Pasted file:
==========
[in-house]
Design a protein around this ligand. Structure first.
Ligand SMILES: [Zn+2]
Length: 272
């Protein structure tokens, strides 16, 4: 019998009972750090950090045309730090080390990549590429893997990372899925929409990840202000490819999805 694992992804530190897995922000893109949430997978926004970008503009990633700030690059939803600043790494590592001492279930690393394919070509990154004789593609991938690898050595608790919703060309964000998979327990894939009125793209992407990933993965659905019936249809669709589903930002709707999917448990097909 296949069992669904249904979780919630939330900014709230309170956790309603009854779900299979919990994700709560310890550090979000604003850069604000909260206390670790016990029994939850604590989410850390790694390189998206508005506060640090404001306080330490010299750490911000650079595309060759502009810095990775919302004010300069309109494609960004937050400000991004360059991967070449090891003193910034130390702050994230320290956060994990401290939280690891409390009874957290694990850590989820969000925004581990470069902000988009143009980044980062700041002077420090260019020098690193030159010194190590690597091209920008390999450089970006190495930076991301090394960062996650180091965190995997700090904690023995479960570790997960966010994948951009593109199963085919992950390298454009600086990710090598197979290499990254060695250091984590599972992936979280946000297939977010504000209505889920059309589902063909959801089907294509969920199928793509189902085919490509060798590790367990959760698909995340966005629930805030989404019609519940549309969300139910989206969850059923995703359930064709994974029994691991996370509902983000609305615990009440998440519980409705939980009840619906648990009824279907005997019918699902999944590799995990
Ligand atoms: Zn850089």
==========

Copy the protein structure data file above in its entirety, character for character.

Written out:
[in-house]
Design a protein around this ligand. Structure first.
Ligand SMILES: [Zn+2]
Length: 272
């Protein structure tokens, strides 16, 4: 019998009972750090950090045309730090080390990549590429893997990372899925929409990840202000490819999805 694992992804530190897995922000893109949430997978926004970008503009990633700030690059939803600043790494590592001492279930690393394919070509990154004789593609991938690898050595608790919703060309964000998979327990894939009125793209992407990933993965659905019936249809669709589903930002709707999917448990097909 296949069992669904249904979780919630939330900014709230309170956790309603009854779900299979919990994700709560310890550090979000604003850069604000909260206390670790016990029994939850604590989410850390790694390189998206508005506060640090404001306080330490010299750490911000650079595309060759502009810095990775919302004010300069309109494609960004937050400000991004360059991967070449090891003193910034130390702050994230320290956060994990401290939280690891409390009874957290694990850590989820969000925004581990470069902000988009143009980044980062700041002077420090260019020098690193030159010194190590690597091209920008390999450089970006190495930076991301090394960062996650180091965190995997700090904690023995479960570790997960966010994948951009593109199963085919992950390298454009600086990710090598197979290499990254060695250091984590599972992936979280946000297939977010504000209505889920059309589902063909959801089907294509969920199928793509189902085919490509060798590790367990959760698909995340966005629930805030989404019609519940549309969300139910989206969850059923995703359930064709994974029994691991996370509902983000609305615990009440998440519980409705939980009840619906648990009824279907005997019918699902999944590799995990
Ligand atoms: Zn850089």